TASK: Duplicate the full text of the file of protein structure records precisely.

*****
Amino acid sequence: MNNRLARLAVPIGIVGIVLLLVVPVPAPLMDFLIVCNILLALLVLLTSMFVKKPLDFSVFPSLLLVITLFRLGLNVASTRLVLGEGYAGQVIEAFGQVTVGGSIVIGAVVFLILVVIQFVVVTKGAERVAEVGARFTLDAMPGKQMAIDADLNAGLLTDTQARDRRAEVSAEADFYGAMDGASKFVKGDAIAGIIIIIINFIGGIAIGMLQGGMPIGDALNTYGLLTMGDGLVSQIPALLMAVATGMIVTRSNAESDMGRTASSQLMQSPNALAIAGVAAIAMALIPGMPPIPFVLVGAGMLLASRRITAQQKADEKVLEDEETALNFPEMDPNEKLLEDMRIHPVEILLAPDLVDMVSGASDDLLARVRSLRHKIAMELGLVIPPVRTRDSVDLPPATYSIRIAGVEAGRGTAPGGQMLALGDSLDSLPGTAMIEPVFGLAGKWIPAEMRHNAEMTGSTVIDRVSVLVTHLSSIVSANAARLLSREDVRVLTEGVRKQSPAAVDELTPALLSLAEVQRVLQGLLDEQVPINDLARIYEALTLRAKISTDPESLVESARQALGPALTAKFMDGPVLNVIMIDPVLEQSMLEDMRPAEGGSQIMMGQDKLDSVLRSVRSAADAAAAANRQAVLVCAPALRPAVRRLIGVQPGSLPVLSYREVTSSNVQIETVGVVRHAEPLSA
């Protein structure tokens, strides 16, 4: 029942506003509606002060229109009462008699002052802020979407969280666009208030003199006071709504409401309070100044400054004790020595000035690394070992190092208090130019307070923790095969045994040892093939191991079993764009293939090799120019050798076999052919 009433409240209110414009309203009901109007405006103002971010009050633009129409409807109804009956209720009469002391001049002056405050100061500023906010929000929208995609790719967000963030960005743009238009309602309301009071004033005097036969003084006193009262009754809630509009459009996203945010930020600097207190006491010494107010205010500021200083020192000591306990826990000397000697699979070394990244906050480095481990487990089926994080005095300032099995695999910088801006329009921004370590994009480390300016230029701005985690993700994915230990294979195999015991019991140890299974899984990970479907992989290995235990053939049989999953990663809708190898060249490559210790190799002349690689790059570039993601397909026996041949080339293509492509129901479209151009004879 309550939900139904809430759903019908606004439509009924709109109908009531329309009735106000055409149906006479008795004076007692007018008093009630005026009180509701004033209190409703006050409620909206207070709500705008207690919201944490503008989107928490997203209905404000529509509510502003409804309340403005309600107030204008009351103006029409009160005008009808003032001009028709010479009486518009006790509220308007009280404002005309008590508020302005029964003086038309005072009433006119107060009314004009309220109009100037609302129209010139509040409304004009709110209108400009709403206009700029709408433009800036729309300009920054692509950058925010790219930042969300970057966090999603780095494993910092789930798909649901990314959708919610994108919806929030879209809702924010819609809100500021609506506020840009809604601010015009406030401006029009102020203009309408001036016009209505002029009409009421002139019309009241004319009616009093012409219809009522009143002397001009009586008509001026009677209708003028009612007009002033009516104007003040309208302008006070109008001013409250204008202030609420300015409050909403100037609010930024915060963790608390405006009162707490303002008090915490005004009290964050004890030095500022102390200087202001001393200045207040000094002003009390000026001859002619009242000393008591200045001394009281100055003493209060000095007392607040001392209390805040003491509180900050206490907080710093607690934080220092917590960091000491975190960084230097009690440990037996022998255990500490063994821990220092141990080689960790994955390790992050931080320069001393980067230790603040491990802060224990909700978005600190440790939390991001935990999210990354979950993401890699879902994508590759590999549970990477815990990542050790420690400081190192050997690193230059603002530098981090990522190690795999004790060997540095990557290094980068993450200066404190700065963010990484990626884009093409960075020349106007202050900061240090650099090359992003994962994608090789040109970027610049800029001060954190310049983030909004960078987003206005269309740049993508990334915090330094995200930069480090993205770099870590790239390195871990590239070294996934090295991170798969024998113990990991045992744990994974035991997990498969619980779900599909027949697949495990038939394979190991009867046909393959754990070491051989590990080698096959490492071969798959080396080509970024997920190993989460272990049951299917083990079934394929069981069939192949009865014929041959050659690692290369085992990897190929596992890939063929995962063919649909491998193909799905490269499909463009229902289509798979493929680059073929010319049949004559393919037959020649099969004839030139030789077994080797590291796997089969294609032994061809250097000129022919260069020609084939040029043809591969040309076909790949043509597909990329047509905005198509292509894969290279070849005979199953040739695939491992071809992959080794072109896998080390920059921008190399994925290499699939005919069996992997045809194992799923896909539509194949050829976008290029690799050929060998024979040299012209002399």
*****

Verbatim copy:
Amino acid sequence: MNNRLARLAVPIGIVGIVLLLVVPVPAPLMDFLIVCNILLALLVLLTSMFVKKPLDFSVFPSLLLVITLFRLGLNVASTRLVLGEGYAGQVIEAFGQVTVGGSIVIGAVVFLILVVIQFVVVTKGAERVAEVGARFTLDAMPGKQMAIDADLNAGLLTDTQARDRRAEVSAEADFYGAMDGASKFVKGDAIAGIIIIIINFIGGIAIGMLQGGMPIGDALNTYGLLTMGDGLVSQIPALLMAVATGMIVTRSNAESDMGRTASSQLMQSPNALAIAGVAAIAMALIPGMPPIPFVLVGAGMLLASRRITAQQKADEKVLEDEETALNFPEMDPNEKLLEDMRIHPVEILLAPDLVDMVSGASDDLLARVRSLRHKIAMELGLVIPPVRTRDSVDLPPATYSIRIAGVEAGRGTAPGGQMLALGDSLDSLPGTAMIEPVFGLAGKWIPAEMRHNAEMTGSTVIDRVSVLVTHLSSIVSANAARLLSREDVRVLTEGVRKQSPAAVDELTPALLSLAEVQRVLQGLLDEQVPINDLARIYEALTLRAKISTDPESLVESARQALGPALTAKFMDGPVLNVIMIDPVLEQSMLEDMRPAEGGSQIMMGQDKLDSVLRSVRSAADAAAAANRQAVLVCAPALRPAVRRLIGVQPGSLPVLSYREVTSSNVQIETVGVVRHAEPLSA
């Protein structure tokens, strides 16, 4: 029942506003509606002060229109009462008699002052802020979407969280666009208030003199006071709504409401309070100044400054004790020595000035690394070992190092208090130019307070923790095969045994040892093939191991079993764009293939090799120019050798076999052919 009433409240209110414009309203009901109007405006103002971010009050633009129409409807109804009956209720009469002391001049002056405050100061500023906010929000929208995609790719967000963030960005743009238009309602309301009071004033005097036969003084006193009262009754809630509009459009996203945010930020600097207190006491010494107010205010500021200083020192000591306990826990000397000697699979070394990244906050480095481990487990089926994080005095300032099995695999910088801006329009921004370590994009480390300016230029701005985690993700994915230990294979195999015991019991140890299974899984990970479907992989290995235990053939049989999953990663809708190898060249490559210790190799002349690689790059570039993601397909026996041949080339293509492509129901479209151009004879 309550939900139904809430759903019908606004439509009924709109109908009531329309009735106000055409149906006479008795004076007692007018008093009630005026009180509701004033209190409703006050409620909206207070709500705008207690919201944490503008989107928490997203209905404000529509509510502003409804309340403005309600107030204008009351103006029409009160005008009808003032001009028709010479009486518009006790509220308007009280404002005309008590508020302005029964003086038309005072009433006119107060009314004009309220109009100037609302129209010139509040409304004009709110209108400009709403206009700029709408433009800036729309300009920054692509950058925010790219930042969300970057966090999603780095494993910092789930798909649901990314959708919610994108919806929030879209809702924010819609809100500021609506506020840009809604601010015009406030401006029009102020203009309408001036016009209505002029009409009421002139019309009241004319009616009093012409219809009522009143002397001009009586008509001026009677209708003028009612007009002033009516104007003040309208302008006070109008001013409250204008202030609420300015409050909403100037609010930024915060963790608390405006009162707490303002008090915490005004009290964050004890030095500022102390200087202001001393200045207040000094002003009390000026001859002619009242000393008591200045001394009281100055003493209060000095007392607040001392209390805040003491509180900050206490907080710093607690934080220092917590960091000491975190960084230097009690440990037996022998255990500490063994821990220092141990080689960790994955390790992050931080320069001393980067230790603040491990802060224990909700978005600190440790939390991001935990999210990354979950993401890699879902994508590759590999549970990477815990990542050790420690400081190192050997690193230059603002530098981090990522190690795999004790060997540095990557290094980068993450200066404190700065963010990484990626884009093409960075020349106007202050900061240090650099090359992003994962994608090789040109970027610049800029001060954190310049983030909004960078987003206005269309740049993508990334915090330094995200930069480090993205770099870590790239390195871990590239070294996934090295991170798969024998113990990991045992744990994974035991997990498969619980779900599909027949697949495990038939394979190991009867046909393959754990070491051989590990080698096959490492071969798959080396080509970024997920190993989460272990049951299917083990079934394929069981069939192949009865014929041959050659690692290369085992990897190929596992890939063929995962063919649909491998193909799905490269499909463009229902289509798979493929680059073929010319049949004559393919037959020649099969004839030139030789077994080797590291796997089969294609032994061809250097000129022919260069020609084939040029043809591969040309076909790949043509597909990329047509905005198509292509894969290279070849005979199953040739695939491992071809992959080794072109896998080390920059921008190399994925290499699939005919069996992997045809194992799923896909539509194949050829976008290029690799050929060998024979040299012209002399």